A New UCSF Study Reviews the Current Literature on Neuroradiological Findings in SARS-CoV-2 Patients

Neurological symptoms are increasingly recognized as potential manifestations of SARS-CoV-2 infection, even in patients with mild or absent respiratory symptoms. These can range from relatively benign conditions such as the loss of taste and smell, to devastating, life-threatening sequelae of cerebral strokes and hemorrhages.

A new study from investigators at the UC San Francisco Department of Radiology and Biomedical Imaging, published in Academic Radiology, comprehensively reviewed the current literature on neuroradiological findings in SARS-CoV-2 patients to identify latent patterns and trends that could be useful in guiding clinical management of these patients. Because of the relatively small number of large-scale studies on this topic and their over-representation of ICU patients with severe respiratory disease, the authors made a point of including case reports and case series describing patients with mild COVID-19 symptoms in their meta-analysis, allowing them to determine if neurological manifestations differ between severe and mild disease.

They found that many cases of mild COVID-19 present with cranial nerve abnormalities on neuroimaging, in particular abnormal signal within the olfactory tract in patients experiencing loss of taste and smell. In contrast, more serious conditions such as cerebral hemorrhage and posterior reversible encephalopathy syndrome appeared exclusive to patients who were classified as having severe disease, defined as requiring ICU admission or mechanical ventilation. Surprisingly, ischemic stroke was equally prevalent in both mild and severe cases, suggesting that SARS-CoV-2 virus may have unique coagulopathic properties that predispose to developing strokes even in patients that are not acutely ill.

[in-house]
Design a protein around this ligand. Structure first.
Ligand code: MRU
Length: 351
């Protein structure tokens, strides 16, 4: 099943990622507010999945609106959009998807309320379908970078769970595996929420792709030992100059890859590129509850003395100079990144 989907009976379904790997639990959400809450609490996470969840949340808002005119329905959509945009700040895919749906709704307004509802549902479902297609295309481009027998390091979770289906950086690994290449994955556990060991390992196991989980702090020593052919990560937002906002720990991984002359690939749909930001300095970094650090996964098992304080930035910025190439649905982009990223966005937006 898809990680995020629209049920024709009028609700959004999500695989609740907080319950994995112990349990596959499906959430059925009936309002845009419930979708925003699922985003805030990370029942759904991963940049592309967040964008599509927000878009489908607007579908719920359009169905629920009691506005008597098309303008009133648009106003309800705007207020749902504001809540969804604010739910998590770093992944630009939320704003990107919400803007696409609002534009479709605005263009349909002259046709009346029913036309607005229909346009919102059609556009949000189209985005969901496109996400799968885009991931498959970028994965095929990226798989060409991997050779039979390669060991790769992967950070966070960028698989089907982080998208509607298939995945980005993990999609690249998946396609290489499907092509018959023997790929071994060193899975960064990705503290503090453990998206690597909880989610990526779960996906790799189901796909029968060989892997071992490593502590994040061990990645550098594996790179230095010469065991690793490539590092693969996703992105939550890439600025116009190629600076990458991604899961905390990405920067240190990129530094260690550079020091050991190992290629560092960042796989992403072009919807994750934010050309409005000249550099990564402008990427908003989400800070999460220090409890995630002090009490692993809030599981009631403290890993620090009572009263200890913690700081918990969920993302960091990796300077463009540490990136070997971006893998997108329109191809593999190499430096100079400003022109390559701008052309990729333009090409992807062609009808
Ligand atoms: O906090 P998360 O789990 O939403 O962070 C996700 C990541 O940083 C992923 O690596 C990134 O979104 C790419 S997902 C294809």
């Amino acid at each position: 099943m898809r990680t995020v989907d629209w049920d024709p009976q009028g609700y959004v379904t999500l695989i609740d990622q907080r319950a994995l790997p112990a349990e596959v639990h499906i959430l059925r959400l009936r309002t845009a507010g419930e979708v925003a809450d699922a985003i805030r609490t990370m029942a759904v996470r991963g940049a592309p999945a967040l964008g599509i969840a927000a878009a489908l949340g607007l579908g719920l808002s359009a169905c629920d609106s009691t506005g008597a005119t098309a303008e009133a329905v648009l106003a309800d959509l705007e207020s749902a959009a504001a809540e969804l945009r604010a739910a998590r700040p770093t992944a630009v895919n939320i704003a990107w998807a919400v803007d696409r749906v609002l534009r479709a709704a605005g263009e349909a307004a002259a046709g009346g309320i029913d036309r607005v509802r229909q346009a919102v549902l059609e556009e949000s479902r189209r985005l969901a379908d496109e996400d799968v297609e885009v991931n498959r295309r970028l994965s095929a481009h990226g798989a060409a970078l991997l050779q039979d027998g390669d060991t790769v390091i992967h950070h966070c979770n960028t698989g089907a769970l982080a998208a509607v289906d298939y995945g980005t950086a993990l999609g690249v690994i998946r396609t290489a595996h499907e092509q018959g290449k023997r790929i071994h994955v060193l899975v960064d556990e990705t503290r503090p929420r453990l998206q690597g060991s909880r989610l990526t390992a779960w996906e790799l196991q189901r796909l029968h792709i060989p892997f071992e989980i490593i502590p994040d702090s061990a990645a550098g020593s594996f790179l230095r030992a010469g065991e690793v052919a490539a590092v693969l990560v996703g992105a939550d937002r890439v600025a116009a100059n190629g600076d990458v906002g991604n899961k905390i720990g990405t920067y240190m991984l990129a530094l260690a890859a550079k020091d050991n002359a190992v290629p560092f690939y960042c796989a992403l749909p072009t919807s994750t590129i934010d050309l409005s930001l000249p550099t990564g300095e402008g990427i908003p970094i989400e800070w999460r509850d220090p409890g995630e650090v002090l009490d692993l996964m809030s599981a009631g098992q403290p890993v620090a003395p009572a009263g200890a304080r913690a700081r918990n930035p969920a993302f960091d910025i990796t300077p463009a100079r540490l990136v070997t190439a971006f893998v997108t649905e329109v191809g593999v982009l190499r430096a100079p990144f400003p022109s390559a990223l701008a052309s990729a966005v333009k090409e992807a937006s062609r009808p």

Simon Pan, PhD, a third-year UCSF Medical Scientist Training Program (MSTP) student applying into diagnostic radiology next year, was the first author who conceptualized and led the project under the guidance of senior author Leo Sugrue, MD, PhD, an assistant professor in the Neuroradiology Section at UCSF Radiology and director of the UCSF Laboratory for Precision Neuroimaging. William Chen, MD, and Joe Darryl Baal, MD, residents in the UCSF Radiation Oncology and Diagnostic Radiology programs, also assisted in data collection and analysis.

“Clinical imaging data, along with basic and translational research, will be important in unraveling how this virus attacks the central nervous system. For example, gene expression studies in the mouse and CSF studies in humans suggest that the virus does not directly invade neurons,” says Dr. Pan. “The prevalence of neurological symptoms in SARS-CoV-2 infection has been one of the big unknowns to emerge from this pandemic. Neuroimaging has provided us with some of the earliest clues to understand the cause of these symptoms and whether they are specific to COVID-19 or simply manifestations of severe systemic illness. This knowledge can help guide the management of patients with these complications and even help identify asymptomatic but infectious carriers.”

“Eventually prospective longitudinal studies will help clarify which of these reported findings are directly related to COVID-19 rather than systemic illness,” adds Dr. Sugrue. “But in the meantime, in such an uncertain and fast-evolving situation, we need to glean what we can from the available evidence.”

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